Are the data produced in the project interoperable, that is allowing data exchange and re-use between researchers, institutions, organisations, countries, etc. (i.e. adhering to standards for formats, as much as possible compliant with available (open) software applications, and in particular facilitating re-combinations with different datasets from different origins)? What data and metadata vocabularies, standards or methodologies will you follow to make your data interoperable? Will you be using standard vocabularies for all data types present in your data set, to allow inter-disciplinary interoperability? In case it is unavoidable that you use uncommon or generate project specific ontologies or vocabularies, will you provide mappings to more commonly used ontologies?
How will the data be licensed to permit the widest re-use possible? When will the data be made available for re-use? If an embargo is sought to give time to publish or seek patents, specify why and how long this will apply, bearing in mind that research data should be made available as soon as possible. Are the data produced and/or used in the project useable by third parties, in particular after the end of the project? If the re-use of some data is restricted, explain why. How long is it intended that the data remains re-usable? Are data quality assurance processes described?
Remember to give also your open data and software a proper licence.
The OA guidelines under Horizon 2020 point to CC-0 or CC-BY as a straightforward and effective way to make it possible for others to mine, exploit and reproduce the data. See p11 at: http://ec.europa.eu/research/participants/data/ref/h2020/grants_manual/hi/oa_pilot/h2020-hi-oa-pilot-guide_en.pdf
Ethical and legal issues can also be discussed in the context of the ethics review. If relevant, include references to ethics deliverables and ethics chapter in the Description of the Action.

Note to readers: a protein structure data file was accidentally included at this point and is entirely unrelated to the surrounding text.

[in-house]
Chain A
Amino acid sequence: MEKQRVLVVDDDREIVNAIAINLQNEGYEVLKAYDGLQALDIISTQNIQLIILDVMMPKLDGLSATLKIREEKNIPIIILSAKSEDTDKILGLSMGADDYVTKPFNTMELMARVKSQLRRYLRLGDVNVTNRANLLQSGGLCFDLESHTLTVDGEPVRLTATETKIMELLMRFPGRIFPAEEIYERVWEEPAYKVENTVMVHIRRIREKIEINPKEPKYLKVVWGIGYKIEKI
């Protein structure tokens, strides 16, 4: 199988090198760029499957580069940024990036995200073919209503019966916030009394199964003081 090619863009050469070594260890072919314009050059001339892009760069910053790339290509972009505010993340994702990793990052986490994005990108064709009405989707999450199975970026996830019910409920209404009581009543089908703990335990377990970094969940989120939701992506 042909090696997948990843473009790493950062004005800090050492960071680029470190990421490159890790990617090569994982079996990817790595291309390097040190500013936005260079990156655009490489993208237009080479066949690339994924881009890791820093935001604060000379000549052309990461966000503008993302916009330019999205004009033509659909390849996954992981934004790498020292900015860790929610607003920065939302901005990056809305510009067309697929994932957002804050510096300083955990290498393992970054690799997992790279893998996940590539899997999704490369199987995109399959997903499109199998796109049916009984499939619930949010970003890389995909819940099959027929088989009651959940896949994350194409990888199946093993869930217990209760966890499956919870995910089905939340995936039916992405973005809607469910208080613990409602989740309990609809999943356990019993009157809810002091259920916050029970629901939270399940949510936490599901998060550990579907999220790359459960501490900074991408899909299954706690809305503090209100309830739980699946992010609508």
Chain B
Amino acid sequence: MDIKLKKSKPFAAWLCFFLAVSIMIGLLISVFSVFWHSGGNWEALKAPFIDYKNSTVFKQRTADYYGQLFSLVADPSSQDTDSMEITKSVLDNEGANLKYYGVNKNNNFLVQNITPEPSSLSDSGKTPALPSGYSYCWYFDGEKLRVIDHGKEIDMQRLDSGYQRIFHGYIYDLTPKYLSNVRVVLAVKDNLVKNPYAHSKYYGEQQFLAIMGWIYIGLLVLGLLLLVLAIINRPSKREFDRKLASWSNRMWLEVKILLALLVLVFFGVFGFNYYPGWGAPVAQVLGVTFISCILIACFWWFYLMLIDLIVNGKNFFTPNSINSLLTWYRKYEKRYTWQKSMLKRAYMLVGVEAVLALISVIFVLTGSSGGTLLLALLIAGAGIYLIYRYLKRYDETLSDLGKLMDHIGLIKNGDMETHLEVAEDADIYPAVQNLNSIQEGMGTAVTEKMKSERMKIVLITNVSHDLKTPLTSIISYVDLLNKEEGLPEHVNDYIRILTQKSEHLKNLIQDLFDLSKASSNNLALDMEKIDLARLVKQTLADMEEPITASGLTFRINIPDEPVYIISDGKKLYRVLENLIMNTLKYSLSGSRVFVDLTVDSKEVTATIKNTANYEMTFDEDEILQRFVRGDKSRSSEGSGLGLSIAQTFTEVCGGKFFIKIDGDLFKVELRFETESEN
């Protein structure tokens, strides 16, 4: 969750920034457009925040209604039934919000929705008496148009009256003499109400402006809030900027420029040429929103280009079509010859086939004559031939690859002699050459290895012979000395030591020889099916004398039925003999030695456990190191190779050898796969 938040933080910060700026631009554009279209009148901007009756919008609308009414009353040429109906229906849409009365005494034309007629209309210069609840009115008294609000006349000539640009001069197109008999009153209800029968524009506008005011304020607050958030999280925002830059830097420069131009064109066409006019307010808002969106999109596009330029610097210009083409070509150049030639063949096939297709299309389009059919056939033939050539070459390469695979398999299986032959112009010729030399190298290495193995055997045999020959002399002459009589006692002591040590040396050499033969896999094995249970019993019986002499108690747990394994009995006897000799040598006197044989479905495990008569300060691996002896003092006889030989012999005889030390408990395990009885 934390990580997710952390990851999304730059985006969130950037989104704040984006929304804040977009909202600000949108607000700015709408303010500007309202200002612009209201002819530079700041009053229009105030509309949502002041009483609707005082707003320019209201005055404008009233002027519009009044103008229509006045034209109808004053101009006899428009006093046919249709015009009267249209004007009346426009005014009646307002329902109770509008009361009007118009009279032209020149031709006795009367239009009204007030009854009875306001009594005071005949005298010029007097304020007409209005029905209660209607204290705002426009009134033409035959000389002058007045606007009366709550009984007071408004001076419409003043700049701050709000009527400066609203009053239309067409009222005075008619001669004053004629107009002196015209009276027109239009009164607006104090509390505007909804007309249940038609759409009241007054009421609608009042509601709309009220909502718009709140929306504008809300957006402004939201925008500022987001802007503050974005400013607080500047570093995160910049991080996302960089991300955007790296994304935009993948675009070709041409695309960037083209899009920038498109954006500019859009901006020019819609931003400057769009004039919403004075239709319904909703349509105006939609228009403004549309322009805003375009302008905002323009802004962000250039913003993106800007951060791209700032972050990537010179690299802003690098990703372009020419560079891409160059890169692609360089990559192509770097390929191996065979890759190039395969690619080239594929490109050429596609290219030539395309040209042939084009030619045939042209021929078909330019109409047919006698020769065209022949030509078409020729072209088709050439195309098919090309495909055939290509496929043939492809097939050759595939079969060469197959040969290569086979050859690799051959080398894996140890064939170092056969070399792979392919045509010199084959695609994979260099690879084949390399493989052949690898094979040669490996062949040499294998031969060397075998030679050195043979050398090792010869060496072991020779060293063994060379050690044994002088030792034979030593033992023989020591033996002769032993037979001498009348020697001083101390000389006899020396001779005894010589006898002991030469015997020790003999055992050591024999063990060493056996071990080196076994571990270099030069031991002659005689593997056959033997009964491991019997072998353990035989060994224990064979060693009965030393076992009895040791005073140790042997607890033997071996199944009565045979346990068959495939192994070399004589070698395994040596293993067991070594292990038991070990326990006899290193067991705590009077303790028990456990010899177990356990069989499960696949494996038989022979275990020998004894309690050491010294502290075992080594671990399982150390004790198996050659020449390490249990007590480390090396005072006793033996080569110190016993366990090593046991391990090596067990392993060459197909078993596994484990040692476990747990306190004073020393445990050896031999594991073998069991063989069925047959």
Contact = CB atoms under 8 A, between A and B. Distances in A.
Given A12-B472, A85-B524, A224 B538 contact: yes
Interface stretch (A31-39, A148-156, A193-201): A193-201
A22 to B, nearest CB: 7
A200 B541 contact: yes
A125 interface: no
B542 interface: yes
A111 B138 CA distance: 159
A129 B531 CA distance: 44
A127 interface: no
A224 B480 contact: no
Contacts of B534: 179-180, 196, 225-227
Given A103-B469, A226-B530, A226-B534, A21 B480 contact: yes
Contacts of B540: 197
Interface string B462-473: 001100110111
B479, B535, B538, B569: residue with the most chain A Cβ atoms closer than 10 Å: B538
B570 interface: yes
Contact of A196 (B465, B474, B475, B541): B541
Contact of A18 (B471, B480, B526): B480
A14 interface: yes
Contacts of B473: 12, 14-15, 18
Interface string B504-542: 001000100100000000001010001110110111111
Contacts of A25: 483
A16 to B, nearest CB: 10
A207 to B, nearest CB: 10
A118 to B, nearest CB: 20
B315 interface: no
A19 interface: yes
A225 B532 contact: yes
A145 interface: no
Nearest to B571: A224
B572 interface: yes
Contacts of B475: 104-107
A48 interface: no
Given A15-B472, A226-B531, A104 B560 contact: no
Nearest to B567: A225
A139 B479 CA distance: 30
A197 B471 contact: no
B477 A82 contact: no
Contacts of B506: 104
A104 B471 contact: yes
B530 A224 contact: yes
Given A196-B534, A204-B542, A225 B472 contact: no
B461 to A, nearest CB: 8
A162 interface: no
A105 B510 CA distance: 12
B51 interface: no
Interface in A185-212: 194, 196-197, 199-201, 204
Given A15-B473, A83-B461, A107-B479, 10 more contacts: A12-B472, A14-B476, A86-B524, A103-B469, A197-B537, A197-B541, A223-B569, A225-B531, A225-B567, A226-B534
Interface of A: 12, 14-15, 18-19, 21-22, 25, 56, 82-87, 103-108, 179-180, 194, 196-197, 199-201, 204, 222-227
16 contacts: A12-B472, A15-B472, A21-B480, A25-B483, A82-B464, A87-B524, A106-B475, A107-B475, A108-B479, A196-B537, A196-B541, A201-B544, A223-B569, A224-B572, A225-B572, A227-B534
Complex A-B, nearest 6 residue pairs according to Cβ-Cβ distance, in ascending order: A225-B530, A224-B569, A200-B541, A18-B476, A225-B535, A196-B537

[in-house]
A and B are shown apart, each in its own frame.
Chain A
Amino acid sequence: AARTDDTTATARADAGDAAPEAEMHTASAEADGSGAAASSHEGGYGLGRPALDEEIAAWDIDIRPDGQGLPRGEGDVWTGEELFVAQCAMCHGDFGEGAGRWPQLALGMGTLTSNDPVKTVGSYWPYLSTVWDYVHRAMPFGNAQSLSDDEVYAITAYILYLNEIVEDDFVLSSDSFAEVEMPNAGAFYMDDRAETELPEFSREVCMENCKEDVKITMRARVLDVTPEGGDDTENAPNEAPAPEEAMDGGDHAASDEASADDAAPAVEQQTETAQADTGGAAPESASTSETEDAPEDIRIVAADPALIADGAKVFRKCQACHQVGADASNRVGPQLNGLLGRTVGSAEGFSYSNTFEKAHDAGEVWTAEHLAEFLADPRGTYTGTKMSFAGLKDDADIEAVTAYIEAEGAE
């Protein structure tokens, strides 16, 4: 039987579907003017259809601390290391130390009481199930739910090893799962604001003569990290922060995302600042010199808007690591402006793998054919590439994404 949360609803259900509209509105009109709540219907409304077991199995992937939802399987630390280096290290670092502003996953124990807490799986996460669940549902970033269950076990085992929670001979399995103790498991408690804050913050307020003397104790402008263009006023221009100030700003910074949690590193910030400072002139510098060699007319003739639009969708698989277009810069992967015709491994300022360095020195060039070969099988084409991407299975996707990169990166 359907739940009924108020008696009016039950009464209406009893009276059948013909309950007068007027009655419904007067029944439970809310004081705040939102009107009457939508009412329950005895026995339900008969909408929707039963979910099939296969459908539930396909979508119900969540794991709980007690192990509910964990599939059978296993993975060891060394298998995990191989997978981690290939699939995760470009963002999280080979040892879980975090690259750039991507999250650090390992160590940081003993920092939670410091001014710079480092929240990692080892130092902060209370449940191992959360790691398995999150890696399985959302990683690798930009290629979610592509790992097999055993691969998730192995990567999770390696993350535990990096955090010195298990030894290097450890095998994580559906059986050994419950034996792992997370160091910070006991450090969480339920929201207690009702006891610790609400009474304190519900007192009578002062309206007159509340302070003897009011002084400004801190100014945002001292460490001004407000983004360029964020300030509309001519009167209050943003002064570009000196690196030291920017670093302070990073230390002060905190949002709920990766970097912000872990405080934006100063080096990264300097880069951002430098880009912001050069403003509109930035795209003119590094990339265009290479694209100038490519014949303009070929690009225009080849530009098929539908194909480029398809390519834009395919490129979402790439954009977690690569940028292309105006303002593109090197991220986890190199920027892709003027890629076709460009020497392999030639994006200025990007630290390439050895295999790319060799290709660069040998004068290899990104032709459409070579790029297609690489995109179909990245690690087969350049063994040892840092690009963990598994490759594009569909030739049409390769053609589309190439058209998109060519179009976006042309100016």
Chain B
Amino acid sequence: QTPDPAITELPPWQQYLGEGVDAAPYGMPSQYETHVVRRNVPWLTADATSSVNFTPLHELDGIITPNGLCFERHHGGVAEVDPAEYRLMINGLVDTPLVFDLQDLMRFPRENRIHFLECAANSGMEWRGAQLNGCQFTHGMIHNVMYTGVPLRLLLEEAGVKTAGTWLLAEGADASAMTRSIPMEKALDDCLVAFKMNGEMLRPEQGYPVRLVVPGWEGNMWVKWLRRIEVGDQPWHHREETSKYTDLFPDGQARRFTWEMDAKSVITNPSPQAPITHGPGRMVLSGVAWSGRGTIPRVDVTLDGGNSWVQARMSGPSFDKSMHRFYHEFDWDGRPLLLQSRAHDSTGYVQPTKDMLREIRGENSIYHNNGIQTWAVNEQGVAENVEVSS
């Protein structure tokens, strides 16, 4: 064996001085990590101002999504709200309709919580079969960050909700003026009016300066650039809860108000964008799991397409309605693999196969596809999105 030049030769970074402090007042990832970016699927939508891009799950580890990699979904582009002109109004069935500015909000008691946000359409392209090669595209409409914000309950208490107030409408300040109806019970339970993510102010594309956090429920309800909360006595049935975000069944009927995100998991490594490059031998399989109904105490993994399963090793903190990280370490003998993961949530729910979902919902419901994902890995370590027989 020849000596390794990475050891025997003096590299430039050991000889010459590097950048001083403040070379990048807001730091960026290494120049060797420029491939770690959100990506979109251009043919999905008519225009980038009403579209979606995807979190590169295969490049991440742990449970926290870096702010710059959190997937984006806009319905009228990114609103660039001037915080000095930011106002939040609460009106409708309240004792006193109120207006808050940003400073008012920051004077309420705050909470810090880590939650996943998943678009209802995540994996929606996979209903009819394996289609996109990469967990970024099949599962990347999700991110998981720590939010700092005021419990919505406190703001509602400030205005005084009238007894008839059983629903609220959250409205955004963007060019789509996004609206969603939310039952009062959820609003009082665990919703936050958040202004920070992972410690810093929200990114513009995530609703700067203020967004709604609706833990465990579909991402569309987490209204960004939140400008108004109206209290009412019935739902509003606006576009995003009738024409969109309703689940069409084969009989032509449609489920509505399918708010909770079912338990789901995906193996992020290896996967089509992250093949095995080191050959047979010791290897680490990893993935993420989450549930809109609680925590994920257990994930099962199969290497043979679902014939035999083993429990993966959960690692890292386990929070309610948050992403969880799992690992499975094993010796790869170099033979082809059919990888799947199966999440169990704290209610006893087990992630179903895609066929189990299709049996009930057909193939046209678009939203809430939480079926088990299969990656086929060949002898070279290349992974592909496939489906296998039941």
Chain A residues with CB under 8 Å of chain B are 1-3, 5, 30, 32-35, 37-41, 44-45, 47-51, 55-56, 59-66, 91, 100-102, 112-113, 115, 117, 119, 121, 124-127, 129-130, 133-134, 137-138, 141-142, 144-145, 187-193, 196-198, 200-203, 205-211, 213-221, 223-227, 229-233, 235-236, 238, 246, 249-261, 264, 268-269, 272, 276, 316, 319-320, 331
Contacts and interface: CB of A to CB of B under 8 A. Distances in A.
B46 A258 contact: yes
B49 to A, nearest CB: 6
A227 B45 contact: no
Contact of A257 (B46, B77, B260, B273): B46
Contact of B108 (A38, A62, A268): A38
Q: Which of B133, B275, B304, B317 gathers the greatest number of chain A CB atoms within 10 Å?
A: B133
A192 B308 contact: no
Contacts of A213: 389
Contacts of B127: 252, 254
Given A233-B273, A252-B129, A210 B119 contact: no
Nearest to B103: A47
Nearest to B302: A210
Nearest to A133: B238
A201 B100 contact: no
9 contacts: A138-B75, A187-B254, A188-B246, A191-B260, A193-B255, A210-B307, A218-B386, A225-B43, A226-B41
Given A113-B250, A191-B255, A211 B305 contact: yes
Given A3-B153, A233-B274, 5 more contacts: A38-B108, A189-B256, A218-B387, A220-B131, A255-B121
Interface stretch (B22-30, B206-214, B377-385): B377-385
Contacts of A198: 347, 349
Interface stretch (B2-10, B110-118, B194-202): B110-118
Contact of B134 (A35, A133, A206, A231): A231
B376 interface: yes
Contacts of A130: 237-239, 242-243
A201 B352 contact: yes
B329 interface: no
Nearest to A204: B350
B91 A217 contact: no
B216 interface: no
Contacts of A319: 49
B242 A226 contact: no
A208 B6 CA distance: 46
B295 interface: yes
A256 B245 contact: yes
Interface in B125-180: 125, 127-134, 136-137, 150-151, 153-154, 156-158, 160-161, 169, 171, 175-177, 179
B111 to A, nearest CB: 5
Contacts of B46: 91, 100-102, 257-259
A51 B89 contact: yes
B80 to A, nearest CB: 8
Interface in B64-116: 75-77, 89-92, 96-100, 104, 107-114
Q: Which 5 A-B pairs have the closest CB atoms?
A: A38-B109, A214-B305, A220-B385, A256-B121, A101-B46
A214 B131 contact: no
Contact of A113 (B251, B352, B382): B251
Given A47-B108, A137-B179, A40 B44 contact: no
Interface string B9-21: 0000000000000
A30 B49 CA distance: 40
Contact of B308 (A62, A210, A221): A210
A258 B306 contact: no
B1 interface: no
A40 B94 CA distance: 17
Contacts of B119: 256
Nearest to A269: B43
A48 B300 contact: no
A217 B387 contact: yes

Let’s move on to the considerations to make when managing and sharing data
OpenAIRE webinar on Open Research Data in H2020 (OAW2016)
DANS is een instituut van KNAW en NWO
Open Research Data in H2020
OpenAIRE webinar, 26 October 2016
Who we are
Open Access Infrastructure for Research in Europe
DANS: Data Archiving and Networked
Institute of Dutch
(KNAW & NWO)
dates back to
to digital research
short- and mid-
EASY: certified long-term
System for self-deposit
information in the
Research data in context
• Brief recap from recent OpenAIRE-EUDAT webinars
• The updated Guidelines for FAIR Data Management:
• F, A, I, R
• Costs, data security, ethical aspects, other RDM procedures
• Links to EC and OpenAIRE information
Introductory RDM webinar, Tony Ross-Hellauer & Sarah Jones, 26 May:
• Reasons to manage data
• How to manage and share data (+ how to respond to concerns about
• EUDAT & OpenAIRE services
Q&A document: https://b2drop.eudat.eu/s/0H6qRgwdwkAVFvD#pdfviewer
“How to write a DMP”, Sarah Jones & Marjan Grootveld, 7/14 July:
• What is a Data Management Plan and why to write it?
• Example DMPs in different domains, with lots of links!
• Lessons and guidance (e.g. storing =/= archiving; how to find a
repository; file-naming conventions)
All recordings and slides are on https://eudat.eu/events/webinars
https://www.eudat.eu Research Data Services, Expertise & Technology
Recap: why manage data?
(Not for the research funder, but for life we make data management plans)
Make your research easier
Stop yourself drowning in irrelevant stuff
Save data for later
Avoid accusations of fraud or bad science
Write a data paper, connect your nano publications
Share your data for re-use & get them validated in real life
Get credit for it
NON PECUNIAE INVESTIGATIONIS CURATORE
SED VITAE FACIMUS PROGRAMMAS DATORUM PROCURATIONIS
Horizon 2020: Open Research Data Pilot
The use of a Data Management Plan (DMP) is
required for projects participating in the Open
Research Data Pilot, detailing what data the
project will generate, whether and how they will
be exploited or made accessible for verification
and re-use, and how they will be curated and
Guidelines on FAIR DM v.3